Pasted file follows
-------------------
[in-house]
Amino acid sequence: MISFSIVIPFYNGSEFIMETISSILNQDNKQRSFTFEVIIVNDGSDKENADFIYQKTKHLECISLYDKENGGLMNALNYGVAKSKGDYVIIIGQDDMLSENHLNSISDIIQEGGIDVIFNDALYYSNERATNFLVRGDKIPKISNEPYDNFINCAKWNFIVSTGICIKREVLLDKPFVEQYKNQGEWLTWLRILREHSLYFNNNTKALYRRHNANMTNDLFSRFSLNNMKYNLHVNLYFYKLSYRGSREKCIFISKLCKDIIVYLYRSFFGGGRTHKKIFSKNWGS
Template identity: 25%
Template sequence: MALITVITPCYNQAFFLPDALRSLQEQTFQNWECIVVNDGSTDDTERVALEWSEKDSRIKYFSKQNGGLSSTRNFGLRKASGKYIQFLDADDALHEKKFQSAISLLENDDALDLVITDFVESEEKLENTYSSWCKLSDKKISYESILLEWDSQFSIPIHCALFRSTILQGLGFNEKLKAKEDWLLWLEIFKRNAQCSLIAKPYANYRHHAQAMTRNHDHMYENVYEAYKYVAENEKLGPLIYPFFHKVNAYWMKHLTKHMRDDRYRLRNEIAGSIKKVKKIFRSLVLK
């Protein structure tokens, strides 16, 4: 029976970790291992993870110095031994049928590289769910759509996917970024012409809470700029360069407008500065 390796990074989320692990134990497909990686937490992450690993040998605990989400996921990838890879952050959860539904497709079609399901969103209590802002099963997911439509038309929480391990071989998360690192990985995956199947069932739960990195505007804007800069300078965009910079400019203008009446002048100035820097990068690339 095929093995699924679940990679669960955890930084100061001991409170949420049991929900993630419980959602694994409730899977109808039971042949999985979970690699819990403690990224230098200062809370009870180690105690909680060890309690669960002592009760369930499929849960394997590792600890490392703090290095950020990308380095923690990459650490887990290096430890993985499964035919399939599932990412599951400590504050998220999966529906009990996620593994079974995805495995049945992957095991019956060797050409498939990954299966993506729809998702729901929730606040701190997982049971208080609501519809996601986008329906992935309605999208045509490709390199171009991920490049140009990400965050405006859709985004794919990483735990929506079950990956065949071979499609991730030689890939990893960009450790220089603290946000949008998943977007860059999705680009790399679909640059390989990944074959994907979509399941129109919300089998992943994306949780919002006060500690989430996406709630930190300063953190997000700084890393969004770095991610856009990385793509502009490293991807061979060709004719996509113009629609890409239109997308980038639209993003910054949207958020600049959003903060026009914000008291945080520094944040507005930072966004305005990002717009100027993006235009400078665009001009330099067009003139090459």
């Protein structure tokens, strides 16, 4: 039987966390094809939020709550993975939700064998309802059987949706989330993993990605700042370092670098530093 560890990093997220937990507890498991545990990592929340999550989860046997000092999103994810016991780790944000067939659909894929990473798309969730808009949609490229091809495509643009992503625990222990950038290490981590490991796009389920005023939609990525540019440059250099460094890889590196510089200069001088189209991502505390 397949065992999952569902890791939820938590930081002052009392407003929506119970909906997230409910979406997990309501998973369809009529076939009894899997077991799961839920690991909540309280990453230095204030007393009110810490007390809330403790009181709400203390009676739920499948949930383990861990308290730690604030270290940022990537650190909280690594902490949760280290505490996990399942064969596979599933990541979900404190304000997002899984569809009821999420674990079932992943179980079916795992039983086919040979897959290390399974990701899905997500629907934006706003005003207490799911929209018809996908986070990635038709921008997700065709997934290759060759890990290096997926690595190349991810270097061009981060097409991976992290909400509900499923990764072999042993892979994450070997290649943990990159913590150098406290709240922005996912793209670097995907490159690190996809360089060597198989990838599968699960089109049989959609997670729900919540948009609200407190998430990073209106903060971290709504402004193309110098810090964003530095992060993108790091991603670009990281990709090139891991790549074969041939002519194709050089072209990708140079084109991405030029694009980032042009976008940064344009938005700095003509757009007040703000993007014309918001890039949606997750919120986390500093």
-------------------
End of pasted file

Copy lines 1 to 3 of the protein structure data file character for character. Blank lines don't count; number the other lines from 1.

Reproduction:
[in-house]
Amino acid sequence: MISFSIVIPFYNGSEFIMETISSILNQDNKQRSFTFEVIIVNDGSDKENADFIYQKTKHLECISLYDKENGGLMNALNYGVAKSKGDYVIIIGQDDMLSENHLNSISDIIQEGGIDVIFNDALYYSNERATNFLVRGDKIPKISNEPYDNFINCAKWNFIVSTGICIKREVLLDKPFVEQYKNQGEWLTWLRILREHSLYFNNNTKALYRRHNANMTNDLFSRFSLNNMKYNLHVNLYFYKLSYRGSREKCIFISKLCKDIIVYLYRSFFGGGRTHKKIFSKNWGS
Template identity: 25%